Alyssa is a 15-year-old from Berkeley, CA. She enjoys lacrosse, music, cooking, and art. She loves creative writing and poetry. When she grows up, she wants to pursue a career in writing or psychology.
When you are a child, life is carefree. You have no responsibility, no worries, and no commitments. Your main concerns are how much dessert you can sneak when your parents are busy, or when you can have your next playdate with your best friend, or maybe even if the cute boy in your second grade class has a crush on you. You love your parents, and it’s unthinkable not to follow their rules — in fact, it probably never even crossed your mind. But as you grow older, evolving into your tween years, the little kid you once were starts to fade. The mold of the child your parents created is disappearing and all of a sudden, you’re your own person. You get to make the choices — whether it’s your opinion, ideas, clothing, schedule, hobbies, et cetera. You now have a say in it. The problem is, as you become a more mature teen, and soon, a young adult, you want ALL the power of yourself. You want to be the one who determines your curfew, extracurricular activities, money spending, and balance of schoolwork and social time. It’s easy to get caught up in thinking you’re responsible enough to handle yourself, BY yourself. In fact, you probably are. However, parents get confused by this sudden switch-up. They’re used to you being their precious baby. They want power in your life too, considering you’re still living with them, and they believe they should make all the rules. This, as one can see, leads to a superfluous of unnecessary fighting.
As a teenager, I am going through this right now. Making my own decisions and trying to gain my parents’ trust has not been easy. They tell me that to defeat the number one thing we argue about, which is trust, I have to open up to them more. They complain I don’t tell them enough about my life (which means they become suspicious when I ask to hang out with a new friend, or go some place they’ve never heard before), but I argue that if I told them everything in my life, they wouldn’t trust me at ALL. I mean, I AM a teenager — what do you expect? I am forced to deal with ideal teenage mischief every day, be it sex, drugs, alcohol, lying, cheating, school, friends, boyfriends, you name it. If I told my parents everything that bothers me, they’d be . . . well, overwhelmed is an understatement. But when I have told my parents personal things, I’ve gotten an array of responses — whether total disappointment to complete acceptance, I always receive an intense reaction. Though they may not realize it, their reaction is the answer to how much I will trust my parents with the next big personal thing that comes up in my life. It determines if I want to discuss it with them, if I want their opinion, or if I even want to tell them. Speaking as a teenager, these are the ways I hope every parent can take on to help their child open up.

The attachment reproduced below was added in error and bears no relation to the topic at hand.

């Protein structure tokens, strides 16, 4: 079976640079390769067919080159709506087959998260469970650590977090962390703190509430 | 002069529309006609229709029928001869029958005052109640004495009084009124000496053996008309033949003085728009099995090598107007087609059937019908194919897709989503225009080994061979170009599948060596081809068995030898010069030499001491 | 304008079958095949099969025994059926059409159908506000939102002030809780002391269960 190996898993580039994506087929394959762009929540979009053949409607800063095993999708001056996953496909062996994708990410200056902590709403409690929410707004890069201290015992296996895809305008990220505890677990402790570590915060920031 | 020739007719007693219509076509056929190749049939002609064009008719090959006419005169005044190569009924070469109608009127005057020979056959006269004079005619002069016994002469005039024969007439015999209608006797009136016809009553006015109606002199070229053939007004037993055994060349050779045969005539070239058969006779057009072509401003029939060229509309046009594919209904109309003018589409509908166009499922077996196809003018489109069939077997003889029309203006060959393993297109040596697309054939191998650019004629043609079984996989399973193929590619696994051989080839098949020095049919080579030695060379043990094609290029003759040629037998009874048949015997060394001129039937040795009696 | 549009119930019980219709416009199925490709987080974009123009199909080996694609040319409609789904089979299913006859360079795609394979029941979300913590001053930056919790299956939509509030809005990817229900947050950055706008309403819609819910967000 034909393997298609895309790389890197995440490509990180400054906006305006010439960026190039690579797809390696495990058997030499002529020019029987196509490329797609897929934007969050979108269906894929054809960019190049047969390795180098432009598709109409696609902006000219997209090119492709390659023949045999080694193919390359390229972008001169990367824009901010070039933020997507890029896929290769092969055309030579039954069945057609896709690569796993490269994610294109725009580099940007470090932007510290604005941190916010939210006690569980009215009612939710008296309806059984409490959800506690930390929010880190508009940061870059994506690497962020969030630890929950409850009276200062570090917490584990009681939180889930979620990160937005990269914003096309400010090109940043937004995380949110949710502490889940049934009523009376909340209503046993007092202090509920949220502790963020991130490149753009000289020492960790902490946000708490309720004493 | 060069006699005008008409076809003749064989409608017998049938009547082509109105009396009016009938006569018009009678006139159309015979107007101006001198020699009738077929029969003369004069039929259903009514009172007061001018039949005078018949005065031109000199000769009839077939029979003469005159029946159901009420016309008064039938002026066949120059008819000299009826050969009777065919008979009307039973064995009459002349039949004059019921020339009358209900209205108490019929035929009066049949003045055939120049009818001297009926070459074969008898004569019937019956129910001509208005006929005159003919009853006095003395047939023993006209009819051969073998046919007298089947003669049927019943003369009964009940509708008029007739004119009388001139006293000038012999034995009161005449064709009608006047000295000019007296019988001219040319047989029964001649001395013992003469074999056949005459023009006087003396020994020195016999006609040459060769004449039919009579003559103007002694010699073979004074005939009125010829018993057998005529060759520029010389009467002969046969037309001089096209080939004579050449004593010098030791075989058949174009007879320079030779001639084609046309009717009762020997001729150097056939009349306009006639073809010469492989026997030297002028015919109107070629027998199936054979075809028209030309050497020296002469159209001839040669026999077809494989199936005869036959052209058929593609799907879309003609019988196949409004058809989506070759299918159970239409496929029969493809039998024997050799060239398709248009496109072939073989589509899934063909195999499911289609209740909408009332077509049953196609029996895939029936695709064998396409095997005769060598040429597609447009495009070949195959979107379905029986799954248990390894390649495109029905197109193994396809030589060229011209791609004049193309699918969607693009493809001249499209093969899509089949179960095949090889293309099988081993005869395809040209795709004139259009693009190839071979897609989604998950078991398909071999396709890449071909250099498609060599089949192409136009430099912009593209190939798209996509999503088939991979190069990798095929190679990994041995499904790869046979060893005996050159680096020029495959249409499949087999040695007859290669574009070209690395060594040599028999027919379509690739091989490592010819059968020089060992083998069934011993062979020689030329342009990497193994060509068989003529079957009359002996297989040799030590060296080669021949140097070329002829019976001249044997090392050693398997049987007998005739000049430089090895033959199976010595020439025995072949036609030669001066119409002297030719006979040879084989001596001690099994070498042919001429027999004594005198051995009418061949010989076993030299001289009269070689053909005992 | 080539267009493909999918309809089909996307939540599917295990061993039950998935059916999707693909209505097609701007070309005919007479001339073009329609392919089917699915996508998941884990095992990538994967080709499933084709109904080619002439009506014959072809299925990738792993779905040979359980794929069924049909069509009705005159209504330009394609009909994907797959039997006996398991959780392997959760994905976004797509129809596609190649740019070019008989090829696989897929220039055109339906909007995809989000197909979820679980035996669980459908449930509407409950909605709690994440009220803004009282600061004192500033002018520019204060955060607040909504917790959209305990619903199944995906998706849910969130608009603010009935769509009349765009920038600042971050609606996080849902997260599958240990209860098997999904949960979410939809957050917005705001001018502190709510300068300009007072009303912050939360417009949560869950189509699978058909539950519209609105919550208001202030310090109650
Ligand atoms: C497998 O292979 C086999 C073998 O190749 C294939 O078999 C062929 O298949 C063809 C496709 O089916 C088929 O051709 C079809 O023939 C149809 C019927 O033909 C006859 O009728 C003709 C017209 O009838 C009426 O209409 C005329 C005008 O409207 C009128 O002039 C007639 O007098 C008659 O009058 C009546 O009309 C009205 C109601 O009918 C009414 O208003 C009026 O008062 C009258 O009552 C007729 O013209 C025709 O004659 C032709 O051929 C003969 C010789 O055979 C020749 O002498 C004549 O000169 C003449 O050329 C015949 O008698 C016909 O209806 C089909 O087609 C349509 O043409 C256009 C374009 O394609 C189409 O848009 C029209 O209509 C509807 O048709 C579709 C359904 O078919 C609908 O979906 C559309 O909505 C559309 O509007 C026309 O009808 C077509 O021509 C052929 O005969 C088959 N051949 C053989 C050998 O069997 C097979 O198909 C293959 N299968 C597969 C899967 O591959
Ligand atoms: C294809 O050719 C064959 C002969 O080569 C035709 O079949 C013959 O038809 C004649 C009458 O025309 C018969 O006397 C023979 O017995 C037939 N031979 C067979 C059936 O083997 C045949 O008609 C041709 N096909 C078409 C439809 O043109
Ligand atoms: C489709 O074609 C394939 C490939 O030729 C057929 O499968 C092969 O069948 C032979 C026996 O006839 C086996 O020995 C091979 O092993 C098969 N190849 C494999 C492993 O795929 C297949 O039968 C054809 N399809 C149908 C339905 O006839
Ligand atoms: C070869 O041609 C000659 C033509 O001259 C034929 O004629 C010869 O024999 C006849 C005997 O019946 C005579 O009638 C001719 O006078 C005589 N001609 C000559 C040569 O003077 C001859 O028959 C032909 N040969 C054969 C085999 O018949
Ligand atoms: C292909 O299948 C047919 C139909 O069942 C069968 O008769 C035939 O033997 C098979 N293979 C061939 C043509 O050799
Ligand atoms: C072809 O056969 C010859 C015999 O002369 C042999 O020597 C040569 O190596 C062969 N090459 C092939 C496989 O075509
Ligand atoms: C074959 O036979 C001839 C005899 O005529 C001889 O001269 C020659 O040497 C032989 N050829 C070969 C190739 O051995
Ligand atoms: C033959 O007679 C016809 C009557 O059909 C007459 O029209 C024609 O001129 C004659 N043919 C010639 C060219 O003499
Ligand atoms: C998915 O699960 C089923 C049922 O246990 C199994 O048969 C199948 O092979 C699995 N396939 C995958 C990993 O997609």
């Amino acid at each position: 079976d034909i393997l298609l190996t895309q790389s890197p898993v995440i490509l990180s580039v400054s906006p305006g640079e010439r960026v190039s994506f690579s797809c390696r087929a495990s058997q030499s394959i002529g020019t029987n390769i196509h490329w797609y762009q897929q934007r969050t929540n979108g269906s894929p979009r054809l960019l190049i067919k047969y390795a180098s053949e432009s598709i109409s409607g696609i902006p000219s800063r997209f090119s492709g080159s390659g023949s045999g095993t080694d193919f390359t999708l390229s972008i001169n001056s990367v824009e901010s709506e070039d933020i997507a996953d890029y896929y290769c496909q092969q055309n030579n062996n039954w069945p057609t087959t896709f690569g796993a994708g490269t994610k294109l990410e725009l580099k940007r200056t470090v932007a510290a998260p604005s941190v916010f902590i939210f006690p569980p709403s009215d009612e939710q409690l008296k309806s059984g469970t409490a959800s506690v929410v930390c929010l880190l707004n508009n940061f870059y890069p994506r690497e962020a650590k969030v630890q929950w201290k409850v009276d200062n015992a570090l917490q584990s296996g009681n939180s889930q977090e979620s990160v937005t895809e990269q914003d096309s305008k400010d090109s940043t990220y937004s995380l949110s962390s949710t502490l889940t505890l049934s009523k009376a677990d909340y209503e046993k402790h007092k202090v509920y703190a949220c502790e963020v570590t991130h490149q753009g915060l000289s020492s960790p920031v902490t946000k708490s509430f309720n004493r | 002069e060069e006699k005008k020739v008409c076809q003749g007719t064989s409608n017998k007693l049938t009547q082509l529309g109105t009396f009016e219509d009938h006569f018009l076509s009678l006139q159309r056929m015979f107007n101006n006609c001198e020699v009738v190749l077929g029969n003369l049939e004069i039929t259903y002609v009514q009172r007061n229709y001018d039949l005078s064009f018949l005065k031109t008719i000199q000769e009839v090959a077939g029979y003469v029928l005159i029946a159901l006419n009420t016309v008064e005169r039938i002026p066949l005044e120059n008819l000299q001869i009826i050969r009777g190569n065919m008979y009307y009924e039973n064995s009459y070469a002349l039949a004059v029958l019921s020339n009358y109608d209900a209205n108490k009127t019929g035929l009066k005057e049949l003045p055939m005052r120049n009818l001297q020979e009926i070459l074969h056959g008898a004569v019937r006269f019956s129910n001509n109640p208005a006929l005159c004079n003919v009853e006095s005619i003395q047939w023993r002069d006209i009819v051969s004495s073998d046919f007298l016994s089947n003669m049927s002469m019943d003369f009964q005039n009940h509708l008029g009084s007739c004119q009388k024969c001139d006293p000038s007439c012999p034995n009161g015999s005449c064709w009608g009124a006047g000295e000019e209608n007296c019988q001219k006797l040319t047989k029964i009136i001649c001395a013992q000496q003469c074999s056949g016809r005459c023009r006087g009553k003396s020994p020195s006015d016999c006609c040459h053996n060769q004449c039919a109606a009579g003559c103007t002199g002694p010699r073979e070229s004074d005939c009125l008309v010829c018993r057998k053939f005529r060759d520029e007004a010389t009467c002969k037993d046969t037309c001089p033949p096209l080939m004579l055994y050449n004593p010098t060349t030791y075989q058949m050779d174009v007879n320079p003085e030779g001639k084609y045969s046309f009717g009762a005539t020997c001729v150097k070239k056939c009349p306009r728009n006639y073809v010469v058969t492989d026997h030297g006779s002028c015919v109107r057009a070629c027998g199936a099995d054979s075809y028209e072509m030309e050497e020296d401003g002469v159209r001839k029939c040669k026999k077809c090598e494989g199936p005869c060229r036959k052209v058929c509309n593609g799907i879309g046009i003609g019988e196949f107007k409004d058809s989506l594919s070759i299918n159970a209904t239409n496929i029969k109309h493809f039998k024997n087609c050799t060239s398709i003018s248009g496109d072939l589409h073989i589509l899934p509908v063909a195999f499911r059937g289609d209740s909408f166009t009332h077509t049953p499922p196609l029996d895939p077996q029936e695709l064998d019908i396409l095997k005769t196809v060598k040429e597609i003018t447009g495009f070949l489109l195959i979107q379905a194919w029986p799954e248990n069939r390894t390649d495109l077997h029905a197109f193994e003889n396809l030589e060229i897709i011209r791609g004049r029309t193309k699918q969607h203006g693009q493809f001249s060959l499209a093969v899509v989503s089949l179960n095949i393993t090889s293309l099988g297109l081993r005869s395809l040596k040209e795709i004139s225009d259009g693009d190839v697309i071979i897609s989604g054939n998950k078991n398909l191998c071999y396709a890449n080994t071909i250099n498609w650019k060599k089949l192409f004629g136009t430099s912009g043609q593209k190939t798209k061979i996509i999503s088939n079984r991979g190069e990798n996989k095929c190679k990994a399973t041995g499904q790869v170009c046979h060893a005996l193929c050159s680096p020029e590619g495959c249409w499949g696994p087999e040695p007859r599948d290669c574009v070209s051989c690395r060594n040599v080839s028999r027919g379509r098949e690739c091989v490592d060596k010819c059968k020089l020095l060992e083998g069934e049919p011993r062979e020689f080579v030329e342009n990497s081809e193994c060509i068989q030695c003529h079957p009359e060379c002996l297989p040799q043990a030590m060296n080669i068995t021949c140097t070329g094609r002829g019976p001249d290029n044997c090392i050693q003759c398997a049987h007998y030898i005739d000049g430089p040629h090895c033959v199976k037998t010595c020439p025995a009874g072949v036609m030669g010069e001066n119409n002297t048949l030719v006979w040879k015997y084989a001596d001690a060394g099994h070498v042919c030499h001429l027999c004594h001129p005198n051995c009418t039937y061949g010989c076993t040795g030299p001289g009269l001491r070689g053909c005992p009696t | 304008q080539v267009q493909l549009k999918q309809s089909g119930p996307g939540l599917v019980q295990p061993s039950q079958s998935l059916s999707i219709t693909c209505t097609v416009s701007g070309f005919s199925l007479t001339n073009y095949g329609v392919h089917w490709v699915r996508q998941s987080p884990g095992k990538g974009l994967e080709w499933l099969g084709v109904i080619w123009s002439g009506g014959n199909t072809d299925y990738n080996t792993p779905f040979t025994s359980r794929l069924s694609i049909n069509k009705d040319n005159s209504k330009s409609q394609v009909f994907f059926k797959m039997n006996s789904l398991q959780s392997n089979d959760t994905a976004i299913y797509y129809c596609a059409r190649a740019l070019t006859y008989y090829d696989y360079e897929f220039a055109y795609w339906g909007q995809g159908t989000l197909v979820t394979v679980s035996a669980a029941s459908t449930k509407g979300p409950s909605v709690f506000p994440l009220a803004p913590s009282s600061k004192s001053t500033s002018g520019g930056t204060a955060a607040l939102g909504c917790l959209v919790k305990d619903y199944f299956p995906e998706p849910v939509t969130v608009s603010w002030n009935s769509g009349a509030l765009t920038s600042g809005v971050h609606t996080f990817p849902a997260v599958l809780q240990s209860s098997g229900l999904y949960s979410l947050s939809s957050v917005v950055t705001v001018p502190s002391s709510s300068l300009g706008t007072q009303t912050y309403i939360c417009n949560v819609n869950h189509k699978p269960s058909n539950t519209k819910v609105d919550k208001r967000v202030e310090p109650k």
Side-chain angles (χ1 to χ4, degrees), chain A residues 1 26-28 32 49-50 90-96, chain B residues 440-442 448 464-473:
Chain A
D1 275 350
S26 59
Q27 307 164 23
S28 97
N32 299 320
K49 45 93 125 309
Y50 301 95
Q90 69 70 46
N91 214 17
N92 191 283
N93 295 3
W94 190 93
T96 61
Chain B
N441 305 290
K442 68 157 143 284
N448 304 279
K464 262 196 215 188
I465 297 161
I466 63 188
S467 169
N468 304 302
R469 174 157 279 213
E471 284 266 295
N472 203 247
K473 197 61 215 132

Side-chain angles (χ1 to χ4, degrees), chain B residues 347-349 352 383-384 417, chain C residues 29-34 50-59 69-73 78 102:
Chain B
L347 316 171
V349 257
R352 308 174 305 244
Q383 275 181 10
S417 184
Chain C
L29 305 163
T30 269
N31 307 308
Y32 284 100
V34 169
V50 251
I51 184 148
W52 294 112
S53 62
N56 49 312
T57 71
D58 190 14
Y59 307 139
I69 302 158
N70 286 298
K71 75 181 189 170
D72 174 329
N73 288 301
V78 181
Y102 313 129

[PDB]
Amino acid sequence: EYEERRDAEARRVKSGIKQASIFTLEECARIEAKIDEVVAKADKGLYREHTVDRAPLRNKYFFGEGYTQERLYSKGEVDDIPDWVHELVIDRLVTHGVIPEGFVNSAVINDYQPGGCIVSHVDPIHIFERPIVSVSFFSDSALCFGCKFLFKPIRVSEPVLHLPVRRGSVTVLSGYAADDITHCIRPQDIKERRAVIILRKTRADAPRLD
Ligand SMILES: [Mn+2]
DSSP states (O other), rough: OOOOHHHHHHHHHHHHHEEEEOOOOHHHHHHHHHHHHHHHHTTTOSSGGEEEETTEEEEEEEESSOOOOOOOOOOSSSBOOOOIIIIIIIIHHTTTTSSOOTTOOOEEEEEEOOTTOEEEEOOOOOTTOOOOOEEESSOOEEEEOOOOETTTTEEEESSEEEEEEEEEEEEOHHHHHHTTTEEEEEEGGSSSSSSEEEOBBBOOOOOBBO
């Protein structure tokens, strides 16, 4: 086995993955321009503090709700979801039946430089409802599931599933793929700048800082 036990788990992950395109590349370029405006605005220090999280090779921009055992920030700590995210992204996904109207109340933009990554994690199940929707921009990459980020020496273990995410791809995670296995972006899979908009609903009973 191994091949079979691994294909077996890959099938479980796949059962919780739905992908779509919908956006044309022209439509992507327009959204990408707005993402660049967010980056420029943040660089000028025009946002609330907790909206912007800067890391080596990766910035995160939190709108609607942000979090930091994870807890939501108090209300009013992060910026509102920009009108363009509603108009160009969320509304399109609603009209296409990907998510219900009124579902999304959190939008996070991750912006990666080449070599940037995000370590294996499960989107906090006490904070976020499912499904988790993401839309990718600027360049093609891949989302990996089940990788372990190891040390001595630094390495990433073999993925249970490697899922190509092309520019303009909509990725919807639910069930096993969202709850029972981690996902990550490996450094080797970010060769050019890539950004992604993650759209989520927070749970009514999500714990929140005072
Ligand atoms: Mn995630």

1) Listen & Support. When your child comes to you with a problem, it’s your job to hear them out. Let them talk until they are finished. When they’re done, it’s up to you how you want to respond. But whatever way you choose to respond, make sure your undertone is that you love them and will help them through this when they need help.
2) No judging. If your teen trusts you enough to share something personal, you cannot judge. They have shared this piece of information with you for a reason — maybe it’s because they’re required to tell you, or maybe it’s only because they feel like they want to. Either way, they have chosen to take the initiative to tell you something important, which is an act of bravery in itself. It takes a lot of courage to tell your parents something that could result in them being disappointed in you.
3) The more you force, the less you receive. Personally, I can’t stand when my parents suffocate me with questions. When I’m in a bad mood, all it takes is a couple of unwanted “what’s wrong?”‘s for me to blow up. By prodding too much about your kid’s life will make them shrink back. When they want to share, they will. Asking questions is fine, but if they aren’t in the mood to talk, you shouldn’t force it. Don’t be an officious parent.
4) Let them be right. It’s always hard when you realize mid-argument that you’re never going to win. You’ve expressed your opinions and your reasonings as much as you can, but you realize your parents won’t budge, because, well, they’re the parents. They’re the ones in charge. However, if it’s a petty argument that’s making absolutely no progress (i.e., chores haven’t been done, or homework is the priority before going out), leave your kid stunned by simply saying, “okay, you’re right.” It will make them proud that they’ve “won”, while also being thankful you haven’t made them look like a fool. Besides, is it that bad to let them get away with something once in a while?
5) Let it go. After I’ve had an argument with my parents, I go straight to my room and blast my music. When I have to face them again, I’m usually in a bad mood and the last thing I want is another long talk — especially a sappy apology talk. If you’ve had a fight, wait for your child to calm down, think things over, and if an apology talk is absolutely necessary, wait for them to be ready.